AI driven wealth Management
The wealth management industry is having profit and fee pressures due to secular trends in the market that lead investors to move away from actively managed funds to index funds and other passive investments. Additionally, Fintech companies such as Wealth Simple are taking away business by offering easy to buy products with simple investment objectives for the lower end of the investor population. What can Banks, Brokerage Houses, and Wealth Management firms do in the context of these trends and competitive pressures? AI and Machine Learning can provide a way for these firms to move to more sophisticated financial planning advice with personalized, risk balanced portfolios. In this article, we cover how wealth management firms are and can leverage these techniques to differentiate themselves and to get back some of the revenue they may have lost.
The traditional wealth management industry consisting of banks, brokers and financial advisors who work with banks as custodians, and firms that support retail wealth management are facing several significant challenges. First, investor customers are leaving institutions at ever larger numbers (in some cases double the normal rate) and are churning through several different firms to find the best mix of net investment gains (investment gain minus fees). Loyalty to a bank or wealth management firm has reduced significantly forcing these firms to reduce their fees and to offer promotions to retain investors. Second, they are moving funds from actively managed funds to passively managed ETF funds to avoid the heavy fees associated with actively managed funds. Third, while “roboadvisors” have been the craze in the wealth management world, investors are finding that these roboadvisors cannot deal with tax planning, portfolio balancing, and other needs that even mass affluent customers have. This becomes an important issue as the baby boomers hit retirement age and minimum distributions force many investors to make sub-optimal decisions.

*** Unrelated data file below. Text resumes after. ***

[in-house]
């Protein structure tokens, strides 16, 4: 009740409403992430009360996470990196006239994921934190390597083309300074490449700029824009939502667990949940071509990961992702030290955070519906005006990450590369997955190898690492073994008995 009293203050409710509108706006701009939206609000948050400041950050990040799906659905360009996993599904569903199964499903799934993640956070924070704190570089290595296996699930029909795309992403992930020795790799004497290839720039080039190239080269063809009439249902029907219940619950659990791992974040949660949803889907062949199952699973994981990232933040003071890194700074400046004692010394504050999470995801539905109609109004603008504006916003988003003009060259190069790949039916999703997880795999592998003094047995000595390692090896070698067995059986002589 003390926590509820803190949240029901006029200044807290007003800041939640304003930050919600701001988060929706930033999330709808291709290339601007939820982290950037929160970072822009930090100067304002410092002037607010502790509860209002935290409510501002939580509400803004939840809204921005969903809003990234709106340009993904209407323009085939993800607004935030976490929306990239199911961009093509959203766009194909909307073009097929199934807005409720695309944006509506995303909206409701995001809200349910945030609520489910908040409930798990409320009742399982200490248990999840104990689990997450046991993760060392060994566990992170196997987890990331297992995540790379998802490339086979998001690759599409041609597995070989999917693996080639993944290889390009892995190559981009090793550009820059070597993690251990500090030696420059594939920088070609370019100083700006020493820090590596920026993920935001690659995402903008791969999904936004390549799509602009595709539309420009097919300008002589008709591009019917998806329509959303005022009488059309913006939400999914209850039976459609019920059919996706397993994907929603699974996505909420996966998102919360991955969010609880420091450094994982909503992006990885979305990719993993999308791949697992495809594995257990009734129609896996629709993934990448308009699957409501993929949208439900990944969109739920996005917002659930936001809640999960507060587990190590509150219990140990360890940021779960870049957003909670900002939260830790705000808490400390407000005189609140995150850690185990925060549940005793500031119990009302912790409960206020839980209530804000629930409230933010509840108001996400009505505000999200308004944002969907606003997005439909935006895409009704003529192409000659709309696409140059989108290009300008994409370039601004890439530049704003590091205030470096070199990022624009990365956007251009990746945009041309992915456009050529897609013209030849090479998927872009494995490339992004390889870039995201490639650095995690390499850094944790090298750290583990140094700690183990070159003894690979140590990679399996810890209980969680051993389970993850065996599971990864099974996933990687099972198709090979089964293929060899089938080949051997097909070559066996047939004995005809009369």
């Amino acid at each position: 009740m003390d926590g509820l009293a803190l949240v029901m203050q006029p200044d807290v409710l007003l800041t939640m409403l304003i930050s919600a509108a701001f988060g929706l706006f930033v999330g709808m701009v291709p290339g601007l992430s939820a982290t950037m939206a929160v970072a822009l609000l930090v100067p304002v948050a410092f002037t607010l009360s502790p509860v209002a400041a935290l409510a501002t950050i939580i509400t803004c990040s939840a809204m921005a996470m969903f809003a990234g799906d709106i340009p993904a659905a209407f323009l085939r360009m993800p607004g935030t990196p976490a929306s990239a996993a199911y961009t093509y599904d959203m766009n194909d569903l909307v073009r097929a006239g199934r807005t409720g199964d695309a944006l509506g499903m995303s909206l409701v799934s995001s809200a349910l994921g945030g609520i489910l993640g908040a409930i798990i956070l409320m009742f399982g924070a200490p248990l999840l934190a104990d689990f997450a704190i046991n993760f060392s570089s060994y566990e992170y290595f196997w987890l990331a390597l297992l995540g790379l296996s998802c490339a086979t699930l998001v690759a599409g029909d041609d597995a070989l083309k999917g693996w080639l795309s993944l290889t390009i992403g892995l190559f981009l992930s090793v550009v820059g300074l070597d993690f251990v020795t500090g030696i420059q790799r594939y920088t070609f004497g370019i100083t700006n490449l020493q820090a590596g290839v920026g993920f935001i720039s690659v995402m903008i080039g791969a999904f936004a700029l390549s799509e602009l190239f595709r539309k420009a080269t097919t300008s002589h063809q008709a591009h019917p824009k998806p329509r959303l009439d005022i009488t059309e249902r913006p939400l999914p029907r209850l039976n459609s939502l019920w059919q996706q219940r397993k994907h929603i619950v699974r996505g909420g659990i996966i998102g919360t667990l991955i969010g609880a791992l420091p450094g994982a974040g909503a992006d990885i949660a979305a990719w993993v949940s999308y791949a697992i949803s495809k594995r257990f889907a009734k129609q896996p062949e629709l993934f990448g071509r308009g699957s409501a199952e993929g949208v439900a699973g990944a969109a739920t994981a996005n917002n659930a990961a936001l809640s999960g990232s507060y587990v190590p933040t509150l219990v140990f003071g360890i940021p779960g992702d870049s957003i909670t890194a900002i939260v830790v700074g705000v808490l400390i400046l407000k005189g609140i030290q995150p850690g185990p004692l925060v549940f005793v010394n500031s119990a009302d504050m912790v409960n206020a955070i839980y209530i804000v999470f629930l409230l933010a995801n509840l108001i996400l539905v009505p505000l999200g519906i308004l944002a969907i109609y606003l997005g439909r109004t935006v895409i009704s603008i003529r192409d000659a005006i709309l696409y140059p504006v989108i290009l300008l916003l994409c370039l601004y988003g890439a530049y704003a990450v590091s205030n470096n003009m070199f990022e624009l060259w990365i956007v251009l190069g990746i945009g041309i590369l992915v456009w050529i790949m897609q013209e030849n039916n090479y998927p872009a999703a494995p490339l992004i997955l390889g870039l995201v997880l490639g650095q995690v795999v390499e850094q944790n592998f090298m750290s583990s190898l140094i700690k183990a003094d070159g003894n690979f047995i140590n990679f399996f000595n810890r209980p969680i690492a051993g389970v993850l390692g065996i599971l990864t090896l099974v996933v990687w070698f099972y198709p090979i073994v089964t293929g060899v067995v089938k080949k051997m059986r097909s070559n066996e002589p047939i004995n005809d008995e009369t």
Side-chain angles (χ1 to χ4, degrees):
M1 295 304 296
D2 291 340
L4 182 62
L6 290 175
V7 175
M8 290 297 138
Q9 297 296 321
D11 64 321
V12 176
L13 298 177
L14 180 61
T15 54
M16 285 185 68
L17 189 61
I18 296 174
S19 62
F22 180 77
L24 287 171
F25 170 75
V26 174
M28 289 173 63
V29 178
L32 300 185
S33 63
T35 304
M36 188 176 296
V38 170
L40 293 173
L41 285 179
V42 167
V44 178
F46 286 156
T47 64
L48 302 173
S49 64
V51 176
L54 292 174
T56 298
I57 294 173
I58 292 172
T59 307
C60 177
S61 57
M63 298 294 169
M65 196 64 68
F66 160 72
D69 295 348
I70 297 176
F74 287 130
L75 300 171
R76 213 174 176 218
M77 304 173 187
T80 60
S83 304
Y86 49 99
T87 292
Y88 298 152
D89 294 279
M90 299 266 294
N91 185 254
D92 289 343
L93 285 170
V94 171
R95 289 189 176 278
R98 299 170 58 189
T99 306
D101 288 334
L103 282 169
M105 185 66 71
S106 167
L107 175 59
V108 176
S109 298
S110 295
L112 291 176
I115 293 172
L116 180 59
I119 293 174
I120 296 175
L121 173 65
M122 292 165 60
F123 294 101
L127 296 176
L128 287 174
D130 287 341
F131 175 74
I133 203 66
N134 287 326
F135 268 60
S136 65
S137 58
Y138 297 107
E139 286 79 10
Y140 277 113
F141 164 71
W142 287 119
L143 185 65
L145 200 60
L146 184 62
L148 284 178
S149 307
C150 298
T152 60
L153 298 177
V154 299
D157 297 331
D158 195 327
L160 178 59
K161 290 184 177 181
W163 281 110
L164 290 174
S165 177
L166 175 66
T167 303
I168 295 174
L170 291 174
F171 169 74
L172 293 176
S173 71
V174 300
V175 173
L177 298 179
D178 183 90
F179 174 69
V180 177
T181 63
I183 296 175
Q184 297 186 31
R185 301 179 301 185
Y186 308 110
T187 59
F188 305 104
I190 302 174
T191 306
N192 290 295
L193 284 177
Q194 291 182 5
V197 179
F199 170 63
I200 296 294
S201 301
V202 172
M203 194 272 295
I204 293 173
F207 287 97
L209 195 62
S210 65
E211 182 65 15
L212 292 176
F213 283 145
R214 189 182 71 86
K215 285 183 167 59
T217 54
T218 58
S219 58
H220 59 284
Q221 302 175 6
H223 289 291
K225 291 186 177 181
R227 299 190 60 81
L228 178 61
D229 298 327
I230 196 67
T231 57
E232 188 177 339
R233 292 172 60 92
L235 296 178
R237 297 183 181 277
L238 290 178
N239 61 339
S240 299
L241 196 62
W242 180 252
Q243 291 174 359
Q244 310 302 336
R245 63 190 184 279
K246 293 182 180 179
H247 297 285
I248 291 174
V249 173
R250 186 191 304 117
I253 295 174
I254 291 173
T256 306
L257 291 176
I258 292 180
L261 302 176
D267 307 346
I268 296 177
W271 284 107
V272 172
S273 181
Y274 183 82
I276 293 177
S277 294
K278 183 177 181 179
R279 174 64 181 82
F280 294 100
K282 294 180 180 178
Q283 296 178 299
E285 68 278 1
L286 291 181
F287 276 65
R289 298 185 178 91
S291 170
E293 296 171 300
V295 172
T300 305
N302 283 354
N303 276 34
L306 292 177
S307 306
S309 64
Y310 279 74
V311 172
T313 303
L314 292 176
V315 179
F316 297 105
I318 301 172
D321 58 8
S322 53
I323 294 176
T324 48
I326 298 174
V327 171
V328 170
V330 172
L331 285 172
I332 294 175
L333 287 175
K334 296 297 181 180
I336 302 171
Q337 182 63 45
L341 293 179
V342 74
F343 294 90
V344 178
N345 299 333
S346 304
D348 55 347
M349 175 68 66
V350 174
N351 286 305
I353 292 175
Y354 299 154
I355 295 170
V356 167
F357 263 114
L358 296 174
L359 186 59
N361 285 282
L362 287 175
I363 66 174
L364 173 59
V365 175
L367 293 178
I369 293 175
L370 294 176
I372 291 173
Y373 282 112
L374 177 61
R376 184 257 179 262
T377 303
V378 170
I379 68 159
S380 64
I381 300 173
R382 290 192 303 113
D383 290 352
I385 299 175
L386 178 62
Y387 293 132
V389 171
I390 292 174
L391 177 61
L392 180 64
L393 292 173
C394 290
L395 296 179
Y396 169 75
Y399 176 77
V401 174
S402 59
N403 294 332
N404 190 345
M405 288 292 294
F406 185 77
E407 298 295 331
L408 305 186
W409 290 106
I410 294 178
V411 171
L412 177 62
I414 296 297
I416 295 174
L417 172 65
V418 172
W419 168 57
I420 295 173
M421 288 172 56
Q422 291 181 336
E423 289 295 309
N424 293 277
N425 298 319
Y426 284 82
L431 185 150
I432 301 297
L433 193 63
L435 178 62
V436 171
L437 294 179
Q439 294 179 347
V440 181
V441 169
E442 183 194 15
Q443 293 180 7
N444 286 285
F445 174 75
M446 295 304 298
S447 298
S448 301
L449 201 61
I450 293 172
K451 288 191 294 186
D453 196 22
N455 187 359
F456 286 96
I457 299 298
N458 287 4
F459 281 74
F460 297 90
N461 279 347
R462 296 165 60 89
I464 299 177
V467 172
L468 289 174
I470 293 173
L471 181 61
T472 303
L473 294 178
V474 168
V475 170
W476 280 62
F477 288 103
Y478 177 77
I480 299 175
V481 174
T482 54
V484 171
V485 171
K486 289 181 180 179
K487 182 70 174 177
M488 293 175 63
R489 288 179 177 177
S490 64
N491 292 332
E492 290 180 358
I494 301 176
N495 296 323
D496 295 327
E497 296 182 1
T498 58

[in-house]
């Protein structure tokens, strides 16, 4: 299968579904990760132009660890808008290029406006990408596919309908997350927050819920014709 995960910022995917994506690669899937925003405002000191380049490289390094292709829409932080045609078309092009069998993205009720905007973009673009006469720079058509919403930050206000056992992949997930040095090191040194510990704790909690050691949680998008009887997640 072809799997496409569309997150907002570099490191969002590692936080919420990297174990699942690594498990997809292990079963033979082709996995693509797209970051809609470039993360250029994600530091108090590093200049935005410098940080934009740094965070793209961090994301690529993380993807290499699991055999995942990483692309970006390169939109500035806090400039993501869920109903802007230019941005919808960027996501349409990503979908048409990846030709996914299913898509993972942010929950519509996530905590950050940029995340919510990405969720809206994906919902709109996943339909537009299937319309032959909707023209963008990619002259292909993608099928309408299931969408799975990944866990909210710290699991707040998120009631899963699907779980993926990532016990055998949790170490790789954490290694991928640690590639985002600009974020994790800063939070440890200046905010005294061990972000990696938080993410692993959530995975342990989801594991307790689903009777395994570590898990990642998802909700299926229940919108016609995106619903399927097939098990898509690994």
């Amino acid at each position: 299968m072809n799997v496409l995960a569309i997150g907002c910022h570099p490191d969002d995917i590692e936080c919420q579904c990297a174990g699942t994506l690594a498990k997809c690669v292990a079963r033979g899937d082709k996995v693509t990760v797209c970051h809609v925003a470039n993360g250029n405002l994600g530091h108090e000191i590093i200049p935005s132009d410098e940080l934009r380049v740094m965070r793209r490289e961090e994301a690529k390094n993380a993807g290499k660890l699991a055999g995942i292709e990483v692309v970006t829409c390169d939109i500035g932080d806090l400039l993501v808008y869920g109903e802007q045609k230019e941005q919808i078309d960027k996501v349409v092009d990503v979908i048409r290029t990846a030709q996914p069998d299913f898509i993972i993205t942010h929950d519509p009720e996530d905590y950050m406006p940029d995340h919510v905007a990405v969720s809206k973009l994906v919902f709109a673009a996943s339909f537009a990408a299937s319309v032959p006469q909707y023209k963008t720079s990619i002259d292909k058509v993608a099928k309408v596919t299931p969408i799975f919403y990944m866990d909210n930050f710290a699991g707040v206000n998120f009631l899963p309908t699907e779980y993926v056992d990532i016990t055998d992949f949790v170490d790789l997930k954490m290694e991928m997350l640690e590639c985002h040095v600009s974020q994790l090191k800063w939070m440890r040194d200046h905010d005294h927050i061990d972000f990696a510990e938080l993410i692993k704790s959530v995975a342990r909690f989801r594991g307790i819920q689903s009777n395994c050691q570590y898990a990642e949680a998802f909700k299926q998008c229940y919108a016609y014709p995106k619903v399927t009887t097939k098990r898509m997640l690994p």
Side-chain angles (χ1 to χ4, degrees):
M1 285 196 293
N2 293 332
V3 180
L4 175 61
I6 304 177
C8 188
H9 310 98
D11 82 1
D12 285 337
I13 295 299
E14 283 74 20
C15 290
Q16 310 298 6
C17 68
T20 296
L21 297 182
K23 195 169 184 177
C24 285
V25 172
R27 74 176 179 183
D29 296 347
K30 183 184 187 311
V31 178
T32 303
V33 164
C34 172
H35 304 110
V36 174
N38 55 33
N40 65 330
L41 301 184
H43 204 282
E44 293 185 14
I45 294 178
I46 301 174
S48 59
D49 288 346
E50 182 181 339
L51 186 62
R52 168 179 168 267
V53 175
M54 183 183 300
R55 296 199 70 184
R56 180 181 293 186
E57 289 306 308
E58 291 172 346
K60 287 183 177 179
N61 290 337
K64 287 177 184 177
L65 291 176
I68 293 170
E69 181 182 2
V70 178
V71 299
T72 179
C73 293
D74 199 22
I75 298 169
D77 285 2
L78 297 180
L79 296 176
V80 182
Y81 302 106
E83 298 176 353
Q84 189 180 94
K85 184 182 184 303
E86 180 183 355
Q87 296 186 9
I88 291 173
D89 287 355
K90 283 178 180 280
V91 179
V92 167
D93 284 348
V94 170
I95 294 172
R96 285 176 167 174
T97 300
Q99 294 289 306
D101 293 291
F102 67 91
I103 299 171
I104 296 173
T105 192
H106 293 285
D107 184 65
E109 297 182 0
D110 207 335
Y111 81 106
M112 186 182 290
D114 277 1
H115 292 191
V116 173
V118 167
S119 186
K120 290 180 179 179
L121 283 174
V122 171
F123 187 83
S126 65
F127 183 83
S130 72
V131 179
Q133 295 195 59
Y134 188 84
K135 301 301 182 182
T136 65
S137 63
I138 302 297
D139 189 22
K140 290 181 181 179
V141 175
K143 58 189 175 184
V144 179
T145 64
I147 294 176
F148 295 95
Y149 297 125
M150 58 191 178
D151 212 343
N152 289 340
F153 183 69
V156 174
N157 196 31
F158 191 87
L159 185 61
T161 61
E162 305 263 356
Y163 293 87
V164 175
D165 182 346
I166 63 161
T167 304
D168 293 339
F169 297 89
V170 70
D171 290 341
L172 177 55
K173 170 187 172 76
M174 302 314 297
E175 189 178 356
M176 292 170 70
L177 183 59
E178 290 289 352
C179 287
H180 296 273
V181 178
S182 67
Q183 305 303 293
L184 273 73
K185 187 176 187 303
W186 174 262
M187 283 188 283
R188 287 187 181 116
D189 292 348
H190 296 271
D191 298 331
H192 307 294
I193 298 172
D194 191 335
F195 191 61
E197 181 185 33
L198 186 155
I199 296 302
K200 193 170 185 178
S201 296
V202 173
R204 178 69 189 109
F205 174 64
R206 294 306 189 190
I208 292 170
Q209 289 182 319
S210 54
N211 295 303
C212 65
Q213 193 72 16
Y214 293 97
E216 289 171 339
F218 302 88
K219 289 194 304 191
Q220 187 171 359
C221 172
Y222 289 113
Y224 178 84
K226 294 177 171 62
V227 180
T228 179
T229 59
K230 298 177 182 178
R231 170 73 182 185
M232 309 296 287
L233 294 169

In this context, we believe that wealth management firms can improve loyalty, reduce fee attrition, and increase customer satisfaction by using AI and machine learning. Through new advances in deep learning techniques and natural language dialog approaches, wealth management firms can improve relationship management with their investor clients and help them with more frequently.
AI and Predictive analytics for deeper relationship building
As the population of investors has gotten more digital, they expect wealth management firms to anticipate their needs and to provide help for their needs. Two emerging areas are helping wealth management firms to offer deeper relationship management for investors. The first is predictive analytics, which helps wealth management firms anticipate changes in an investor’s life so that they can prospectively help the investor. Using predictive analytics, wealth management firms can predict changes in the life style of investors, predict the product to offer to increase retention and share of wallet, predict emotion and personality-based segmentations to target their marketing, and identify the reason and the timing for the reach to the investor. These prospective capabilities allow wealth management firms to identify who and when to reach out and can also give an indication of what the topic of conversation should be about and offers to make to the investor.
This, combined with the capabilities to help the investor make decisions, allows wealth management firms to increase loyalty of investors and to increase revenue.
AI and machine learning in helping decision making by investors
Two advances in AI and machine learning presents wealth management firms new capabilities. First, as was demonstrated by Google’s Alpha Go program, with the appropriate use of “search” techniques, AI programs can defeat human players when there are too many choices to be considered. Furthermore, machine learning techniques, such as deep learning, in combination with the appropriate search techniques are also demonstrating that computer programs can make decisions that are novel and not biased by human disadvantages such as rooting, aversion to loss, etc. The combination of these two advances allows wealth management firms to come up with portfolios and advice on specific actions with those portfolios by leveraging historical data.
Creating a portfolio or re-balancing a portfolio is a “search” problem where multiple objectives needs to be considered and an optimal decision needs to be made. For an investor, objectives can range from life style goals for pleasure and enjoyment, aspirations for security for self and family, control over one’s life and investment and contributions to the family and the community. Turning these high-level objectives into financial objectives, finding a portfolio of instruments that would achieve those objectives, and helping the investor make investment decisions (trades, withdrawals, deposits, incremental investments, etc.) covers a large search space in an uncertain world since the investor must make decisions for gaining benefits in the future. Furthermore, given implicit risk tolerance and behavioral decision-making approaches used by individuals, generating advice / recommendation for an individual investor needs to be personalized for that investor.